In fact it was so mono-cultural, it may as well have been dipped in Tippex.

Travelling across this country has taught me that you will always find someone from an ethnic minority in one of four places: a taxi, a pharmacy, a corner shop or a restaurant, and we found a Pakistani driver to take us to GCHQ.

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From the outside, it is a forbidding place, with a triple layer of security, massive fences, razor wire and cameras covering every angle.

Inside, after a brief interaction with some very cheery security guards, we were introduced to a steady stream of the organisation's BAME staff.

They shared the reasons why they joined, how they kept the truth about the nature of their work from their nearest and dearest, and what they felt about GCHQ as a place to work.

They were exceptionally normal, which may seem like a strange thing to say.

I am not naive enough to think I would be presented with 50 shades of Daniel Craig, but none seemed to be infused with a righteous zeal, or steely patriotism.

Image copyright Getty Images
Image caption GCHQ is keen to be more open about what happens behind the doors of the agency

I asked one young man whether he thought of his employment as a betrayal of fellow Muslims. His response was succinct. "We are here to catch criminals," he said.

All the BAME staff I put this question to responded in the same way.

Software engineer "Raj" has been with GCHQ for eight years and said he "definitely" saw more people from a similar background to his own in the organisation now.

He also said the betrayal question "hasn't crossed my mind".

Another man I met, a Sikh who works as a language analyst, was also robust in defending his employer.

"There's never been a real issue for me about, 'Oh am I spying on my community?' or 'How would they feel about that?' because what we do here is for the benefit of the British and the rest of the world, so there is no moral dilemma," he said.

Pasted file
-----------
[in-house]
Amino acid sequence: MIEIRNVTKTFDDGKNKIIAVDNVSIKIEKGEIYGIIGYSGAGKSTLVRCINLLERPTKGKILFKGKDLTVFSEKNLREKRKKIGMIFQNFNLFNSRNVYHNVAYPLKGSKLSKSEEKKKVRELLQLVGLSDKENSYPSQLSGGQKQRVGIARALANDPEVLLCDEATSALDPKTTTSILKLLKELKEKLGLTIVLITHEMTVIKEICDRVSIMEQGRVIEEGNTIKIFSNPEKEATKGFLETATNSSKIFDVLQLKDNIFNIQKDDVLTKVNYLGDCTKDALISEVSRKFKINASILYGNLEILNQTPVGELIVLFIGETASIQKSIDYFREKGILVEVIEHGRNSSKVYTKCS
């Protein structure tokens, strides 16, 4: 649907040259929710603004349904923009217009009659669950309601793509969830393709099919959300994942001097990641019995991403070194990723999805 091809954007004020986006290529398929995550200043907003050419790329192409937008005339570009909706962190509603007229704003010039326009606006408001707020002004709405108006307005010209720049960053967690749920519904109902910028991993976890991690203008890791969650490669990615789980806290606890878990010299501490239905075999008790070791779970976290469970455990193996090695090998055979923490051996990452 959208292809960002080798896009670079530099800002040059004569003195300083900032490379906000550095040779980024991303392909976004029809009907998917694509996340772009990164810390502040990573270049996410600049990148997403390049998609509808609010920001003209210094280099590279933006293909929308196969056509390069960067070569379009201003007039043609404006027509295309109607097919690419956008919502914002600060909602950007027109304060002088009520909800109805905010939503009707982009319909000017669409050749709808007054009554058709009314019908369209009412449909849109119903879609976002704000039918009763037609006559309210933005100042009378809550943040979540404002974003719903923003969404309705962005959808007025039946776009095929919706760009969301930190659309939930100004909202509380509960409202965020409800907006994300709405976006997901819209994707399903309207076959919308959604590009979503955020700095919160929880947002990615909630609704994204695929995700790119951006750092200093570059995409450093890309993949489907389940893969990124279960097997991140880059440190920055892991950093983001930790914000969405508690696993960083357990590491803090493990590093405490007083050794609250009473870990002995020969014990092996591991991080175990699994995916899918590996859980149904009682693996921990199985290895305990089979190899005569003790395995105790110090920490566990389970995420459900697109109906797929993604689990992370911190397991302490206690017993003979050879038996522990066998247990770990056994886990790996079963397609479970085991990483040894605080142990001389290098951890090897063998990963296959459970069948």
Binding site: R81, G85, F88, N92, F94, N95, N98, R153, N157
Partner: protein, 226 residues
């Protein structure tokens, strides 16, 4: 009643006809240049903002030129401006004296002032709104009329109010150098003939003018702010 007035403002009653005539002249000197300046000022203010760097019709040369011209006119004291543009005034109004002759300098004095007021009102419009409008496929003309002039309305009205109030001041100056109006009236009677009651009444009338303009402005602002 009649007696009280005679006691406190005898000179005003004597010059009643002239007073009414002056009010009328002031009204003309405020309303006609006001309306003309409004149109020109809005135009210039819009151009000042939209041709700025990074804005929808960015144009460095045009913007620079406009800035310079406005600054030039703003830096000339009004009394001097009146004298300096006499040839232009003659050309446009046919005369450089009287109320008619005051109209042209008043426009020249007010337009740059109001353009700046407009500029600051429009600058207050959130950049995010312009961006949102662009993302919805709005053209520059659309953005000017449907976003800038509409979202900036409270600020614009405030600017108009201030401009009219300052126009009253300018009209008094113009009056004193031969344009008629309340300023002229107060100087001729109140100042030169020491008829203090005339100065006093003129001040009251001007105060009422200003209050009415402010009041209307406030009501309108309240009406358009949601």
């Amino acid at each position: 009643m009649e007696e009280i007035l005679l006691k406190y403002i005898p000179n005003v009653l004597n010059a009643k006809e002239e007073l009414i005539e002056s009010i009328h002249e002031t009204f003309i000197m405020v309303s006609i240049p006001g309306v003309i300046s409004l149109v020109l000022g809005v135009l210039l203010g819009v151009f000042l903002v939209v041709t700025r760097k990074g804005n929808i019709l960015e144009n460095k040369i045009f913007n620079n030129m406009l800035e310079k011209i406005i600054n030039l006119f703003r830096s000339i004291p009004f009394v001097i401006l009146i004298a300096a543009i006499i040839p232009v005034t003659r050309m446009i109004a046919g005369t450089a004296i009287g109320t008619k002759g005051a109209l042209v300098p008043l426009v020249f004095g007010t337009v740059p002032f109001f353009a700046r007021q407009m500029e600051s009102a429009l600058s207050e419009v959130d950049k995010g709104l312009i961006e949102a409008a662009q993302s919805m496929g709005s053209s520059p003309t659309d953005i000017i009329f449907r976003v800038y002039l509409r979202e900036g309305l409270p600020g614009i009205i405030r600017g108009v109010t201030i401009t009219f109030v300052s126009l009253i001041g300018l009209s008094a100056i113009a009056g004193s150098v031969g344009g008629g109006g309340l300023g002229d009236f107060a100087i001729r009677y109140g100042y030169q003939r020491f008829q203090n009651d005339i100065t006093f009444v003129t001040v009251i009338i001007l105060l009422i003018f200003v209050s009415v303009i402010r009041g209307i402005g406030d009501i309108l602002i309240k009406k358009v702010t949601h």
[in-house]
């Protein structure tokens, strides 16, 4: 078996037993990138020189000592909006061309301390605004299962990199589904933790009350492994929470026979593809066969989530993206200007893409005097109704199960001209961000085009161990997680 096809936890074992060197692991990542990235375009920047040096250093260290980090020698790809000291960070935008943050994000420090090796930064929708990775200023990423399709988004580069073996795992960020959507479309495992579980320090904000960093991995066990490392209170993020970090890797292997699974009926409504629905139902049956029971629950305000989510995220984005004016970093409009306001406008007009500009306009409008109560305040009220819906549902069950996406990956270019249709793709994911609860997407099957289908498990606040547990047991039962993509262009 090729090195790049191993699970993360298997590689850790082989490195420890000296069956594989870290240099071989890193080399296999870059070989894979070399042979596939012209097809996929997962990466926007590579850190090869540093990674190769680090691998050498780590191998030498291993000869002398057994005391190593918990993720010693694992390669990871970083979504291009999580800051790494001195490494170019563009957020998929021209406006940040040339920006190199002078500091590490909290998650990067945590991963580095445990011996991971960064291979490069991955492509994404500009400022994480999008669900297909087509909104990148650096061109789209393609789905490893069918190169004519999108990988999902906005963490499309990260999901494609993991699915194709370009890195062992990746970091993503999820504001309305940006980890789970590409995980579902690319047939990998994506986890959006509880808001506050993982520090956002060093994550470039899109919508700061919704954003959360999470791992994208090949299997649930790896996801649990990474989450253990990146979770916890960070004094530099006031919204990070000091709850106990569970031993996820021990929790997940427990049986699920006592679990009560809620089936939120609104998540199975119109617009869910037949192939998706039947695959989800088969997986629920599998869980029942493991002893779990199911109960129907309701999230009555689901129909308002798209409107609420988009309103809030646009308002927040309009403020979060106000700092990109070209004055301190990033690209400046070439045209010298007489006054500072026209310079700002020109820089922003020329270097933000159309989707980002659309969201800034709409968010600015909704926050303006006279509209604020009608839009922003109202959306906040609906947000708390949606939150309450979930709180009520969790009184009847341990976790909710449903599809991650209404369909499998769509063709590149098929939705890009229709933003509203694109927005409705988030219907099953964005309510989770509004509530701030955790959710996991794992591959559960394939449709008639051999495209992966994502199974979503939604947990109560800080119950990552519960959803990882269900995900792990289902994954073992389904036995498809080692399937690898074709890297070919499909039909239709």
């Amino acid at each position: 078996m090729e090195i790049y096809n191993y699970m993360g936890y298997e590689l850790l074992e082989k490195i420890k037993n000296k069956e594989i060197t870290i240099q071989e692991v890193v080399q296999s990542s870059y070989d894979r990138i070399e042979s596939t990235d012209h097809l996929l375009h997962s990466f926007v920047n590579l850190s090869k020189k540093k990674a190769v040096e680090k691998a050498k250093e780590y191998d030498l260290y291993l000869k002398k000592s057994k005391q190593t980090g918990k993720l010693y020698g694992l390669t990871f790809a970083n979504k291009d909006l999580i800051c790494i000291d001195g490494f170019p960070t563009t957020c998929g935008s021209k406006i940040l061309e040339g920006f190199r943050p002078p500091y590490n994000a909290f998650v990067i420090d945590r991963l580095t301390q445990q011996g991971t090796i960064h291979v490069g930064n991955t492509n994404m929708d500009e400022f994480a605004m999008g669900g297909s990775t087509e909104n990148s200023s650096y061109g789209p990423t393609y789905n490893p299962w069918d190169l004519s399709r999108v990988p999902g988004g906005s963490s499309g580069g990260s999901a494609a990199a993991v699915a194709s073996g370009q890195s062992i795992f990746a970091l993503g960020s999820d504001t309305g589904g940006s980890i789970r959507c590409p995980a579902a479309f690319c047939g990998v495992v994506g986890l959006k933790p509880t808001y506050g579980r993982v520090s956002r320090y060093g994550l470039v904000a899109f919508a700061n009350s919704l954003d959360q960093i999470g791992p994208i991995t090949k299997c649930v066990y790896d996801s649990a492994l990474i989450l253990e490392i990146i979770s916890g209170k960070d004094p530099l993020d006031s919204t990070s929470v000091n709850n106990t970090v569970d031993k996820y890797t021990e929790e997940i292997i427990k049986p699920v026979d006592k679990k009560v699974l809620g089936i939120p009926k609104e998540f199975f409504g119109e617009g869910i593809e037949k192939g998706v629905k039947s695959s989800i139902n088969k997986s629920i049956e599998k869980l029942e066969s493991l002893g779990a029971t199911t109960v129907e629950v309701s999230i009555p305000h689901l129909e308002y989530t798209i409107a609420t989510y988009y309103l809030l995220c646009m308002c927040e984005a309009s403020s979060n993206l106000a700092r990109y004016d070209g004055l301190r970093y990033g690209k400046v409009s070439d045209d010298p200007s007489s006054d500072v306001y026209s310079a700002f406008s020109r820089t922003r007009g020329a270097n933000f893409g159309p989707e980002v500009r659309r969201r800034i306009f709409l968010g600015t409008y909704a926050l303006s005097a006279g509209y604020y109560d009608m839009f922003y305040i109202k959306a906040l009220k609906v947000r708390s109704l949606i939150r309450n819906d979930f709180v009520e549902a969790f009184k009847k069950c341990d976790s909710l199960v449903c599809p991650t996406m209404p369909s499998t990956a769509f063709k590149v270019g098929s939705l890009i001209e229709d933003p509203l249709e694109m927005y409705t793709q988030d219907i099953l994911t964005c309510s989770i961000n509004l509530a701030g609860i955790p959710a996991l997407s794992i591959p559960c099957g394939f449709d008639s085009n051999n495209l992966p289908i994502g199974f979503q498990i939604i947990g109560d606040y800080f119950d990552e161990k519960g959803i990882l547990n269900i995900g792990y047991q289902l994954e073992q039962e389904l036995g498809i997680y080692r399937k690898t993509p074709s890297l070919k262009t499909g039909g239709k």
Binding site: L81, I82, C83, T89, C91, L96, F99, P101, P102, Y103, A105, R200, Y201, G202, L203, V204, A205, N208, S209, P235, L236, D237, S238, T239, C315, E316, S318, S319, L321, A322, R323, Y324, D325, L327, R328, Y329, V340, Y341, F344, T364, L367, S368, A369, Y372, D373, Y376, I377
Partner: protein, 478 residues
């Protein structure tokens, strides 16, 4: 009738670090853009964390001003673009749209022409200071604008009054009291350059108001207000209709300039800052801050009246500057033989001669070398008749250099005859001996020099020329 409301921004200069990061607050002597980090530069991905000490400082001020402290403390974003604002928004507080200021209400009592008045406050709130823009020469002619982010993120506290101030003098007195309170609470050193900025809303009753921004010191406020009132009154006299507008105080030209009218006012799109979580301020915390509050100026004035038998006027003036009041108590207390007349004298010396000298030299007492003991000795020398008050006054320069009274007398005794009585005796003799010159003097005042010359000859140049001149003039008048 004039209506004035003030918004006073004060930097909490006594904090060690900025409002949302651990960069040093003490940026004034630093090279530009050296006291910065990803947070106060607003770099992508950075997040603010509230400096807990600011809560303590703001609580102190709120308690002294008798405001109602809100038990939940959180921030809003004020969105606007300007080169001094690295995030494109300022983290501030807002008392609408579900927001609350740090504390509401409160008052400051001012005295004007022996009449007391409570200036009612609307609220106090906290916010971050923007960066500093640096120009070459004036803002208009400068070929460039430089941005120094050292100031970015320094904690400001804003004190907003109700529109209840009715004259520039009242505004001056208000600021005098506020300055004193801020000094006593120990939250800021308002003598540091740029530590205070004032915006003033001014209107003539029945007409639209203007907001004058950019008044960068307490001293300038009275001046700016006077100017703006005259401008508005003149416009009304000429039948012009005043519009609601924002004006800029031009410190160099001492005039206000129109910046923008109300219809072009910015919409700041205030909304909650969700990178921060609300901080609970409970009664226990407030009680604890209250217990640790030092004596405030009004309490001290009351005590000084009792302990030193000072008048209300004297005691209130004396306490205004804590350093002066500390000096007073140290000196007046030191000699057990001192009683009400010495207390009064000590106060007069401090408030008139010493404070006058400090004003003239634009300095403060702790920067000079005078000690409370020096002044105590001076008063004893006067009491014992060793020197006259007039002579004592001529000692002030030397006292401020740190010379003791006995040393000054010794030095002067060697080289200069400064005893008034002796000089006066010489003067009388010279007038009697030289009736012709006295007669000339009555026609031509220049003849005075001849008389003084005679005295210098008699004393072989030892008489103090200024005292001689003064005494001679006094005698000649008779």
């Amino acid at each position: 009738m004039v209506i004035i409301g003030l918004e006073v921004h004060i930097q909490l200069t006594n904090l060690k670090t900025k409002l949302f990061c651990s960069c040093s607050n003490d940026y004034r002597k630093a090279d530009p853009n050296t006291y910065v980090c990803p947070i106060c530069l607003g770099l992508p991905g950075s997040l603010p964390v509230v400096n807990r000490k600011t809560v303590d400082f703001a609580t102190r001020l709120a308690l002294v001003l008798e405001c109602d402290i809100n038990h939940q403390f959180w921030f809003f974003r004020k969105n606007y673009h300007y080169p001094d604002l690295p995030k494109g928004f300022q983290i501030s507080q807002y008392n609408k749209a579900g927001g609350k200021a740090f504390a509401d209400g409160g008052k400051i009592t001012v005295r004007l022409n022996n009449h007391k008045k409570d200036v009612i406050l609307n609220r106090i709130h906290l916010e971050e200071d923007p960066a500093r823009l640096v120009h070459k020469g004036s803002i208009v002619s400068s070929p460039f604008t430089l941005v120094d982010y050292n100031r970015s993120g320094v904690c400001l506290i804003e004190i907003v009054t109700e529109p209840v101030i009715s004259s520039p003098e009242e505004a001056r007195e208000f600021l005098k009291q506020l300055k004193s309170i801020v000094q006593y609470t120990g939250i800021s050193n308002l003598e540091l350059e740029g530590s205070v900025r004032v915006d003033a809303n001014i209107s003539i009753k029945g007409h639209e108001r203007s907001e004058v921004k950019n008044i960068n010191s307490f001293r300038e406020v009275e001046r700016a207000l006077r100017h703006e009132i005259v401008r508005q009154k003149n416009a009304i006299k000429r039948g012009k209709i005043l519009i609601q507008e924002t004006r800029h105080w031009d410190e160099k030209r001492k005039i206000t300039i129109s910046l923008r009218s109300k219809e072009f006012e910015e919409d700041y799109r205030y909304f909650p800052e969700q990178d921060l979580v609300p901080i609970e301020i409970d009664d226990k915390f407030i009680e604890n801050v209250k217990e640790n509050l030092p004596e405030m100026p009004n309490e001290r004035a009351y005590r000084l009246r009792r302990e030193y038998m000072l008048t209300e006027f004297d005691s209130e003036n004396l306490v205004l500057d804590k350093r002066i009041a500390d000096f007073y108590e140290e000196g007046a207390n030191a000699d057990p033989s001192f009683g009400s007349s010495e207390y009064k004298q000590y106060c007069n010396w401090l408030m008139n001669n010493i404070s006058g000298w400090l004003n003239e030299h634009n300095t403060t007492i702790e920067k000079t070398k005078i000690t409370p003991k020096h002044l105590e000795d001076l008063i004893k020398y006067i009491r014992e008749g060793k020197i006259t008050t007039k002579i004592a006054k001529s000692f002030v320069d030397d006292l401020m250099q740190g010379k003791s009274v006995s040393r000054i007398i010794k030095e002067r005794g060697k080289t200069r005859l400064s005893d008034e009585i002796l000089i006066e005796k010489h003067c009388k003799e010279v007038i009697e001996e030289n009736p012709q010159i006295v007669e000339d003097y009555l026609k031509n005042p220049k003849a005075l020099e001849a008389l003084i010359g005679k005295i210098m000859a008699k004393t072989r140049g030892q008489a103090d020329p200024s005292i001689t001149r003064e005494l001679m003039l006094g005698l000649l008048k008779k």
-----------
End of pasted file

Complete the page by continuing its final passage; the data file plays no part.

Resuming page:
'Talent and commitment'

After meeting the troops, I also got to meet the head honcho, GCHQ director Robert Hannigan.

I wanted to gauge whether all this talk of diversity and inclusion was a superficial press release from up on high, or whether the man at the top was fully engaged and understood the importance of it for the security of the nation.

After sitting with him for nearly an hour in a non-descript meeting room in an anonymous building in a secret location, I certainly got the sense that the latter was the case.

"I completely understand that communities that haven't had much experience of working in the security and intelligence agencies will be nervous about [what we do]," he told me.

Can you crack GCHQ's code?

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He was at pains to clarify that this was not about recruiting more Muslims to catch more Islamists, explaining that the threats facing this country are broad and constantly evolving. Recruiting from a narrow section of society makes no sense.

"We have people of all religions in GCHQ - Muslims, Christians, Jews, people of no religion," he said.

"We value the diversity and the depth and the experience they bring with them.

"What we want is their talent and their commitment to the mission of keeping the UK and their fellow citizens - their communities, their families, their friends - safe."

Much of what Mr Hannigan said was straight out of the Diversity Textbook for Public Bodies, if such a tome exists.

Yet in dealing with the threats we face, many of which we will never even know have been foiled, his organisation's need to be more diverse could be of critical importance.

GCHQ: Minority Report is on BBC Radio 4 on Tuesday 22 November at 20:00. You can listen via the Radio 4 website or or download the podcast.